As early as WWI, aviation designers and engineers could see the advantages of UAV’s, so had begun work on the concept.  In the post WWI era, and especially in the 1930’s, a great deal of effort, some of it even successful, was undertaken in Great Britain, by the Royal Navy.  In 1933, a modified floatplane called Fairey Queen was tested as the first flightless drone aircraft. It crashed on two out of three trials, but by 1934, Queen Bee, a modified Tiger Moth aircraft, followed with greater success.

Training gunners on these rudimentary models wasn’t a very realistic simulation, but a solution was soon to come from the United States in the form of British-born actor Reginald Denny, and his Radioplane Company. After years of trying desperately to interest the US Navy in the Radioplane-1, Denny finally succeeded in 1939, and over the course of the war some 15,374 models of Radioplane were built.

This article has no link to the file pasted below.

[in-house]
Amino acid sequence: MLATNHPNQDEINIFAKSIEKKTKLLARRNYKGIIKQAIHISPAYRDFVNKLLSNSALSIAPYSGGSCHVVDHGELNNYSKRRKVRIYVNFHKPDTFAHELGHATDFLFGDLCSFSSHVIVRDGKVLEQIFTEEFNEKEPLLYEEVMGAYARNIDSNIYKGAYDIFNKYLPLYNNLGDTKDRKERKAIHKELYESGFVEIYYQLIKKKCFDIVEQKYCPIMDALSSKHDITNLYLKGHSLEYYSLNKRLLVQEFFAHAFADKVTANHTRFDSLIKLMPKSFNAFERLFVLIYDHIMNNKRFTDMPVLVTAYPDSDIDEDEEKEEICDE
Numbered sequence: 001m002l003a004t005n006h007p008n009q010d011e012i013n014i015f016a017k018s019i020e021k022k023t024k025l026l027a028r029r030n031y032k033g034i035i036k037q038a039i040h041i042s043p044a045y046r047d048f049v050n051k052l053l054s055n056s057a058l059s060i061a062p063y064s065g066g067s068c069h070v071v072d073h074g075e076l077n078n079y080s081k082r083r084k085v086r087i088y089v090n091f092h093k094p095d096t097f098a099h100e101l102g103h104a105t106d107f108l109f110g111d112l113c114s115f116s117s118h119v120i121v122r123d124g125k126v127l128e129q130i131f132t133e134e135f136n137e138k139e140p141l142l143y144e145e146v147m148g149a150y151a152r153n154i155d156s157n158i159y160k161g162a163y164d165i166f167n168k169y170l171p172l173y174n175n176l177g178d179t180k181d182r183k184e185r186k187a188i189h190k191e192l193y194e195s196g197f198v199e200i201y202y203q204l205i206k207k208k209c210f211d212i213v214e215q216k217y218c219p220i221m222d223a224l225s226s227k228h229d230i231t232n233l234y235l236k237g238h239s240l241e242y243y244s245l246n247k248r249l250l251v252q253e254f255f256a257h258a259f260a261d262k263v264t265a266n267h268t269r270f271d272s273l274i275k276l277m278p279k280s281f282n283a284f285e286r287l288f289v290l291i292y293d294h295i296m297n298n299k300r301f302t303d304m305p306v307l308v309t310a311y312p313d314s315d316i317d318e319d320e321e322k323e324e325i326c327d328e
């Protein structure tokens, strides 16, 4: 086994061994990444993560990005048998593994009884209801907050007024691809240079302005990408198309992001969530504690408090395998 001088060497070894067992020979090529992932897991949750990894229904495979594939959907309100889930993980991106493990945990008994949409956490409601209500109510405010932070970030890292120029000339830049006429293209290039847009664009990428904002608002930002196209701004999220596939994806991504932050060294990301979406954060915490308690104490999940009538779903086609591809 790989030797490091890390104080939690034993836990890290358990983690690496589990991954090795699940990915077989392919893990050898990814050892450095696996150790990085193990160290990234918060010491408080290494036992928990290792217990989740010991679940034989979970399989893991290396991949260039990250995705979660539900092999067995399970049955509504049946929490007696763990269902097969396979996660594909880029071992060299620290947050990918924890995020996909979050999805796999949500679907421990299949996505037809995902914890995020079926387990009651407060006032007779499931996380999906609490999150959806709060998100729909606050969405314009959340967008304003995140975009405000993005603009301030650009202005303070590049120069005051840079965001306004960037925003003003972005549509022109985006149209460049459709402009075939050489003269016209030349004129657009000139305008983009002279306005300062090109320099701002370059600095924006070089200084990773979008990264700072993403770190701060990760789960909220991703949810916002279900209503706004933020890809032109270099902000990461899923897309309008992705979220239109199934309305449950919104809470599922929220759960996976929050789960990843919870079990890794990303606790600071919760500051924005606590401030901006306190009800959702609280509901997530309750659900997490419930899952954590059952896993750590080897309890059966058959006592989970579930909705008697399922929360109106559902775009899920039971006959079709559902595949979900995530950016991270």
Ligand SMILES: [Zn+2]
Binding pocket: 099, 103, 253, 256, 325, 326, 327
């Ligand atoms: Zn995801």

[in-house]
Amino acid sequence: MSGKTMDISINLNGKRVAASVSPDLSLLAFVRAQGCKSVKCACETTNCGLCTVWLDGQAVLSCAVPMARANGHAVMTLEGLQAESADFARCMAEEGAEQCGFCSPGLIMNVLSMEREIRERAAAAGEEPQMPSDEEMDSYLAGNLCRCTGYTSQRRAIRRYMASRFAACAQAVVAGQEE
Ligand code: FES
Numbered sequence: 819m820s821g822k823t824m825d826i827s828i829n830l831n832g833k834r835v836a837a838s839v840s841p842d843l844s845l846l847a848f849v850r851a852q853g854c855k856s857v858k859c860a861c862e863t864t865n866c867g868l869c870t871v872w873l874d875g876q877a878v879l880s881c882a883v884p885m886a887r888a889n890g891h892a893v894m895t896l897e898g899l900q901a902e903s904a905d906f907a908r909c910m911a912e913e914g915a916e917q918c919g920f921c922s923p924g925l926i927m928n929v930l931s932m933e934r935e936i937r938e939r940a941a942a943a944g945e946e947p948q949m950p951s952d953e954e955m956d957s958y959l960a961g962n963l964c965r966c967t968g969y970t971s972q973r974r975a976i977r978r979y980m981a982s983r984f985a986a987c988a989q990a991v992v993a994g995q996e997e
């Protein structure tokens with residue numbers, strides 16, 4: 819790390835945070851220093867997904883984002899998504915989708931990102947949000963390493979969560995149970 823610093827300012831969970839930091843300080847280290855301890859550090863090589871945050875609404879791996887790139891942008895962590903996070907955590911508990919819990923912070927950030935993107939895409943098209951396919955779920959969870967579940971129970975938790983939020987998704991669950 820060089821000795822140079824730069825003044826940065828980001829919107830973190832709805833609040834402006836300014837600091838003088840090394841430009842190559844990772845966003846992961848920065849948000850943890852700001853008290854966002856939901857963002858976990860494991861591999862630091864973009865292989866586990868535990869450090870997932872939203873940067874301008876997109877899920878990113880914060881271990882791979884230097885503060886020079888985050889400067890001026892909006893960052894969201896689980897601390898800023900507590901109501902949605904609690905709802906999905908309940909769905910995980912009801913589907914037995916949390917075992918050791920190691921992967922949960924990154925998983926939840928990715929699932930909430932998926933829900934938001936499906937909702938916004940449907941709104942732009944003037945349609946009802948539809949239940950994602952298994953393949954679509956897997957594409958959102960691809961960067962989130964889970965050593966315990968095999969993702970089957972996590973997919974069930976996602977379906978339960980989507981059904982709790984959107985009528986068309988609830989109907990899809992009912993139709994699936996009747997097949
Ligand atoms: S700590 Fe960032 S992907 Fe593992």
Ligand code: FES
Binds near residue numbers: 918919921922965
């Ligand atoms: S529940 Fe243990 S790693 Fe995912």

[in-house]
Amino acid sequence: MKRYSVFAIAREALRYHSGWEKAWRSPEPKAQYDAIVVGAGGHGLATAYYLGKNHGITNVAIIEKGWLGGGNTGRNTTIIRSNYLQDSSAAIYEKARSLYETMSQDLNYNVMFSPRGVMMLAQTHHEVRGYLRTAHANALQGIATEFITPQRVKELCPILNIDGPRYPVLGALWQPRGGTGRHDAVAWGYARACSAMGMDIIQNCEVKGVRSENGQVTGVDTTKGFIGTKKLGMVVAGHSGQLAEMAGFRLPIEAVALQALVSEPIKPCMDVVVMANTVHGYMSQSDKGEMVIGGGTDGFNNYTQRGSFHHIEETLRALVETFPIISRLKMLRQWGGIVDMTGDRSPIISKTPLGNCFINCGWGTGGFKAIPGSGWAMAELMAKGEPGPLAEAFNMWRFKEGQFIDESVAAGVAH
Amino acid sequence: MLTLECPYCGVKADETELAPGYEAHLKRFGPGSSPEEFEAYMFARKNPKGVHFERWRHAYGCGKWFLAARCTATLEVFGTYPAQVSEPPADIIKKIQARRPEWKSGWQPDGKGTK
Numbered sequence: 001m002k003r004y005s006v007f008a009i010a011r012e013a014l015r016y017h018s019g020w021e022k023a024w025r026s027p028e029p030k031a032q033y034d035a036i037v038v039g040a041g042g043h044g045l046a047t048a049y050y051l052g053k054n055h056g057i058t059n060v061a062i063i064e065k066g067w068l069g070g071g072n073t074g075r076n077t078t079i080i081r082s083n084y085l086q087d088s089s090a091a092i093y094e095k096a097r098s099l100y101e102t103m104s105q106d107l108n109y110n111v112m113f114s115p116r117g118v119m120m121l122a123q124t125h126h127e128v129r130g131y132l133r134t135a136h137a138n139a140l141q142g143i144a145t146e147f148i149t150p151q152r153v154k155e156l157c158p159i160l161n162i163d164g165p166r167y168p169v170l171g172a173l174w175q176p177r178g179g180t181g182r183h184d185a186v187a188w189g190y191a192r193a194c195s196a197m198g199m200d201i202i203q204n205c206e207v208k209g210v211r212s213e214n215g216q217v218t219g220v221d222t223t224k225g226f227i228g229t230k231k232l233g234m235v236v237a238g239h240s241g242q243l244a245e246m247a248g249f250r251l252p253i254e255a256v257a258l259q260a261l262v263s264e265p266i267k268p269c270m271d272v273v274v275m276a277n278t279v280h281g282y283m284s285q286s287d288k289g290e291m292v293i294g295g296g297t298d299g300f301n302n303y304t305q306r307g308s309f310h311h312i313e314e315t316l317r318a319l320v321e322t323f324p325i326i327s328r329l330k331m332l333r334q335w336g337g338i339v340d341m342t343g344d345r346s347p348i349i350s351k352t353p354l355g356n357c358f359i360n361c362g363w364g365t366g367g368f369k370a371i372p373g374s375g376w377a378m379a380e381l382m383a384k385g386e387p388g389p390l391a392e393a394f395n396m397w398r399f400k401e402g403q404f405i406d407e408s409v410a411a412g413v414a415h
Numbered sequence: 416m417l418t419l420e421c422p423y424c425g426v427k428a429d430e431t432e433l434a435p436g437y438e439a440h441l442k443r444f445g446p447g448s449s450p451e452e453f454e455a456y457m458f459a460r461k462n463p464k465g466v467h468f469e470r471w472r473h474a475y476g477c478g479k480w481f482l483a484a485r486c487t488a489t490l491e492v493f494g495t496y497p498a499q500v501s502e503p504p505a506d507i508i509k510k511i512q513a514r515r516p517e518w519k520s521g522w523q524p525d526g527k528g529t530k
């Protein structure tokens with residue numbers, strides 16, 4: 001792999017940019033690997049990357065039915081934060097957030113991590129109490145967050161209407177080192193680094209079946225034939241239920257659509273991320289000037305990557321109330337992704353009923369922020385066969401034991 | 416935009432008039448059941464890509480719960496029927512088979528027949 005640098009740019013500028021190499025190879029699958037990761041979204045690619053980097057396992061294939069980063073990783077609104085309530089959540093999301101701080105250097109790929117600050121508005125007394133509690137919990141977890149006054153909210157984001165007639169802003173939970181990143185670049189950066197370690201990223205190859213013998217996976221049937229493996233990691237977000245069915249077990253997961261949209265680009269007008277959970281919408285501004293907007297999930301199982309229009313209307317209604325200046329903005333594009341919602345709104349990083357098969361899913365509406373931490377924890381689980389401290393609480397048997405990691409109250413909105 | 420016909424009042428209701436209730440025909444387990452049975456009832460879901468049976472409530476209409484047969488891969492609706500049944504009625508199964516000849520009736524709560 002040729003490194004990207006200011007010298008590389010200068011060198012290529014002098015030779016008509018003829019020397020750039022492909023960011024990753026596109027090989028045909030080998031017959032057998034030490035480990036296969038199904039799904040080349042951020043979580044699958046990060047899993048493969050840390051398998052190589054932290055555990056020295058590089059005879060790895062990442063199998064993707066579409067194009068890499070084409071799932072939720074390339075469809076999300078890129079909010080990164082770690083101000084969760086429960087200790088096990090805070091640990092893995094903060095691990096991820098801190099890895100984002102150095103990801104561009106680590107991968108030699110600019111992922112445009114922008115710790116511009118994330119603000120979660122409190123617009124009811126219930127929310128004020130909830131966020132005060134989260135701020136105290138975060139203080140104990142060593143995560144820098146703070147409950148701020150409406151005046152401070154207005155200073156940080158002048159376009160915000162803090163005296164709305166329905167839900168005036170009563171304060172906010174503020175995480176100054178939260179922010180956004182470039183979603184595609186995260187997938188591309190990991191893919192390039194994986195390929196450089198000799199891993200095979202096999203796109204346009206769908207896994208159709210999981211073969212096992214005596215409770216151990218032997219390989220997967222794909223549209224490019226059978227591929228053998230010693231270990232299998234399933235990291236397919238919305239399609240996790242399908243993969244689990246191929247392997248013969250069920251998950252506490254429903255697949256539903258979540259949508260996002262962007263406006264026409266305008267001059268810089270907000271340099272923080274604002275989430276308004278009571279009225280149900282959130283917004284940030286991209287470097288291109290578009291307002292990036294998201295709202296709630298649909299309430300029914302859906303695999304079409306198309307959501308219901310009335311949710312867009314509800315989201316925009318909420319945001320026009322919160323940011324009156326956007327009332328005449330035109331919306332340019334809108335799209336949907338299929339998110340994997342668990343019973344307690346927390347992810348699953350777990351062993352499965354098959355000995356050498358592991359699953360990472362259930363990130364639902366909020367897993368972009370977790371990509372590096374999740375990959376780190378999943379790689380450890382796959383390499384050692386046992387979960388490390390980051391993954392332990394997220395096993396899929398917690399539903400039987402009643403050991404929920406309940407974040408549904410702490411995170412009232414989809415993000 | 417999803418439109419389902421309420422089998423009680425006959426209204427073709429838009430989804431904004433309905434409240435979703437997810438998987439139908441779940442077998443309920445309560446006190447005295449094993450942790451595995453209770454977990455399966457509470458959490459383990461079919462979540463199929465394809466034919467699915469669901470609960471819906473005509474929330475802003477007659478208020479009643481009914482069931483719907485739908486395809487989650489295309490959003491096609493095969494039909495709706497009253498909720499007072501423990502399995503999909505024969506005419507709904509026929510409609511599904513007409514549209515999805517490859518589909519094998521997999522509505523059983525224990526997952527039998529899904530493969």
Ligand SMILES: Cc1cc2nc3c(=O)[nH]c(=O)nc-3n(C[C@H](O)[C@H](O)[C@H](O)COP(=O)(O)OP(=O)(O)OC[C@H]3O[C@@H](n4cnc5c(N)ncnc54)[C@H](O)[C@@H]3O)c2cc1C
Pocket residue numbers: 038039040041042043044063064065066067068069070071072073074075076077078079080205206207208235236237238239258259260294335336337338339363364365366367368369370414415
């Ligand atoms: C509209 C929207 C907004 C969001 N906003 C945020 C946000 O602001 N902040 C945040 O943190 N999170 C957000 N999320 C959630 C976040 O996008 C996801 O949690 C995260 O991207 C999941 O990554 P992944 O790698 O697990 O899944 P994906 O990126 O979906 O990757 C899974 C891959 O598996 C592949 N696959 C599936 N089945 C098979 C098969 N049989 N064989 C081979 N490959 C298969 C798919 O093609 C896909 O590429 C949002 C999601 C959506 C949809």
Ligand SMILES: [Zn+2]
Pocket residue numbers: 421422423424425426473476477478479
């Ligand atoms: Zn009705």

As an interesting aside, did you know that film star Marilyn Monroe once worked assembling these radio controlled UAV’s?  At that time, her later movie name wasn’t yet part of our culture, so, at Radioplane, she was known as simply Norma Jeane Dougherty, the 18 year old wife of a U.S. Merchant Marine Seaman.

Fast, agile and durable, Radioplanes were fitted with responsive radio controls and were better able to mimic the speed and agility of enemy fighters.  Even during the D-Day summer of 1944, the Allies turned to high-stakes DRONE warfare. Under the code name Operation Aphrodite, radio-controlled bombers were packed with explosives and guided into the air by Allied pilots instructed to eject before their planes reached high-value targets in territory controlled by Nazi Germany. (Killed on one of these treacherous missions was the Navy aviator Lt. Joseph P. Kennedy Jr., older brother of U.S. President John F. Kennedy).

Below is a USN video (8:10 long) that depicts the Navy test of a TDR-1 combat Drone in the Pacific:

As for the advent of and actual deployment of the new variety of “insect sized” UAV’s, that will have to wait for a later post, but here is some descriptive material about that avenue of research right here.

1st AF Female Hispanic Ftr. Pilot to Emcee at AirVenture 2018

                                                         Lt. Olga Custodio winning her USAF wings

American Airlines Captain, Olga Custodio